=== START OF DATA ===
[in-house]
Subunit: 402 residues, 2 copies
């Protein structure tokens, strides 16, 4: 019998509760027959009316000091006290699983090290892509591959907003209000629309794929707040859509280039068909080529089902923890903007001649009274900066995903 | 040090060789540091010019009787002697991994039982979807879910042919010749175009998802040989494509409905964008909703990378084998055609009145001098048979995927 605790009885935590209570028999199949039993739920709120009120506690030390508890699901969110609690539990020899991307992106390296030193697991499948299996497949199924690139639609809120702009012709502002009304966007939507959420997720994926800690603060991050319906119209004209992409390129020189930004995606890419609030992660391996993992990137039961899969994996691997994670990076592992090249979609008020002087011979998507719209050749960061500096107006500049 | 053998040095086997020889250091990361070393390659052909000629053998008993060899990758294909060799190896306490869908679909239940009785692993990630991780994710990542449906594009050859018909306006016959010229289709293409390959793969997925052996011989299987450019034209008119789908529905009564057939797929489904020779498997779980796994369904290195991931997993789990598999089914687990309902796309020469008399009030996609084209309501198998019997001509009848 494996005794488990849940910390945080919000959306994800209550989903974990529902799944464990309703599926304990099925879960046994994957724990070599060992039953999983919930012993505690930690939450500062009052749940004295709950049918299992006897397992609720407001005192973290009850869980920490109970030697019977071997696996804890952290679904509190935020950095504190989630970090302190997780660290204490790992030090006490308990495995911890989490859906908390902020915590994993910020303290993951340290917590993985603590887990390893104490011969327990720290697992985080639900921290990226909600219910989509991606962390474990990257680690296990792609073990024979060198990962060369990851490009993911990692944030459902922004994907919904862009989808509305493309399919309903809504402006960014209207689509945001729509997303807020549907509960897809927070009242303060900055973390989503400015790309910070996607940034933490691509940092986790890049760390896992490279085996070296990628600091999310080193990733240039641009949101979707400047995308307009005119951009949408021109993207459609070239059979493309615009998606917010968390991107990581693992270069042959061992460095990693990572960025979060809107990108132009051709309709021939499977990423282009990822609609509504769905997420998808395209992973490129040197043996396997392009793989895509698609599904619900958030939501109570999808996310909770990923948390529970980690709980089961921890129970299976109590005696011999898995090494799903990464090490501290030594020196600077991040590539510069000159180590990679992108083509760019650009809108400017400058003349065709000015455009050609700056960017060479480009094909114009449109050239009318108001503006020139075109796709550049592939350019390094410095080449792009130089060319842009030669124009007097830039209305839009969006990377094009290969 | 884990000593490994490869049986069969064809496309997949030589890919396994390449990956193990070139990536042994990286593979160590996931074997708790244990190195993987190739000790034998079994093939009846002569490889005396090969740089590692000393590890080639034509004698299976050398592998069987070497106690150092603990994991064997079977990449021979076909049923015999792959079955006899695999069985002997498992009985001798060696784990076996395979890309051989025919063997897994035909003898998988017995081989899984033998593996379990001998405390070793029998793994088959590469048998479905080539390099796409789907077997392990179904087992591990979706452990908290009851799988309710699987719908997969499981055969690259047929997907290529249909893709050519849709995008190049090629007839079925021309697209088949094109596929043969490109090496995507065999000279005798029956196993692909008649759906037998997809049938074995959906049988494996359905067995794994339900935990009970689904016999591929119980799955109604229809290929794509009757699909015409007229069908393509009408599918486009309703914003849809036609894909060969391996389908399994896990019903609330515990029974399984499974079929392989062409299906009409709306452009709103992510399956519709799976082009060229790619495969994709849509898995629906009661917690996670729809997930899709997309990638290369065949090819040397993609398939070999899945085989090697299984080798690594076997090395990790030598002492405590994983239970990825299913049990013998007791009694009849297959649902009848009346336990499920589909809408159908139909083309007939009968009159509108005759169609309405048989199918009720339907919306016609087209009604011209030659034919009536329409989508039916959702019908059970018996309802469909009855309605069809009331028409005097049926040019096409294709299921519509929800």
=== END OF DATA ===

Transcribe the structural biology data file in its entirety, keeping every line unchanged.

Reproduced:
[in-house]
Subunit: 402 residues, 2 copies
């Protein structure tokens, strides 16, 4: 019998509760027959009316000091006290699983090290892509591959907003209000629309794929707040859509280039068909080529089902923890903007001649009274900066995903 | 040090060789540091010019009787002697991994039982979807879910042919010749175009998802040989494509409905964008909703990378084998055609009145001098048979995927 605790009885935590209570028999199949039993739920709120009120506690030390508890699901969110609690539990020899991307992106390296030193697991499948299996497949199924690139639609809120702009012709502002009304966007939507959420997720994926800690603060991050319906119209004209992409390129020189930004995606890419609030992660391996993992990137039961899969994996691997994670990076592992090249979609008020002087011979998507719209050749960061500096107006500049 | 053998040095086997020889250091990361070393390659052909000629053998008993060899990758294909060799190896306490869908679909239940009785692993990630991780994710990542449906594009050859018909306006016959010229289709293409390959793969997925052996011989299987450019034209008119789908529905009564057939797929489904020779498997779980796994369904290195991931997993789990598999089914687990309902796309020469008399009030996609084209309501198998019997001509009848 494996005794488990849940910390945080919000959306994800209550989903974990529902799944464990309703599926304990099925879960046994994957724990070599060992039953999983919930012993505690930690939450500062009052749940004295709950049918299992006897397992609720407001005192973290009850869980920490109970030697019977071997696996804890952290679904509190935020950095504190989630970090302190997780660290204490790992030090006490308990495995911890989490859906908390902020915590994993910020303290993951340290917590993985603590887990390893104490011969327990720290697992985080639900921290990226909600219910989509991606962390474990990257680690296990792609073990024979060198990962060369990851490009993911990692944030459902922004994907919904862009989808509305493309399919309903809504402006960014209207689509945001729509997303807020549907509960897809927070009242303060900055973390989503400015790309910070996607940034933490691509940092986790890049760390896992490279085996070296990628600091999310080193990733240039641009949101979707400047995308307009005119951009949408021109993207459609070239059979493309615009998606917010968390991107990581693992270069042959061992460095990693990572960025979060809107990108132009051709309709021939499977990423282009990822609609509504769905997420998808395209992973490129040197043996396997392009793989895509698609599904619900958030939501109570999808996310909770990923948390529970980690709980089961921890129970299976109590005696011999898995090494799903990464090490501290030594020196600077991040590539510069000159180590990679992108083509760019650009809108400017400058003349065709000015455009050609700056960017060479480009094909114009449109050239009318108001503006020139075109796709550049592939350019390094410095080449792009130089060319842009030669124009007097830039209305839009969006990377094009290969 | 884990000593490994490869049986069969064809496309997949030589890919396994390449990956193990070139990536042994990286593979160590996931074997708790244990190195993987190739000790034998079994093939009846002569490889005396090969740089590692000393590890080639034509004698299976050398592998069987070497106690150092603990994991064997079977990449021979076909049923015999792959079955006899695999069985002997498992009985001798060696784990076996395979890309051989025919063997897994035909003898998988017995081989899984033998593996379990001998405390070793029998793994088959590469048998479905080539390099796409789907077997392990179904087992591990979706452990908290009851799988309710699987719908997969499981055969690259047929997907290529249909893709050519849709995008190049090629007839079925021309697209088949094109596929043969490109090496995507065999000279005798029956196993692909008649759906037998997809049938074995959906049988494996359905067995794994339900935990009970689904016999591929119980799955109604229809290929794509009757699909015409007229069908393509009408599918486009309703914003849809036609894909060969391996389908399994896990019903609330515990029974399984499974079929392989062409299906009409709306452009709103992510399956519709799976082009060229790619495969994709849509898995629906009661917690996670729809997930899709997309990638290369065949090819040397993609398939070999899945085989090697299984080798690594076997090395990790030598002492405590994983239970990825299913049990013998007791009694009849297959649902009848009346336990499920589909809408159908139909083309007939009968009159509108005759169609309405048989199918009720339907919306016609087209009604011209030659034919009536329409989508039916959702019908059970018996309802469909009855309605069809009331028409005097049926040019096409294709299921519509929800």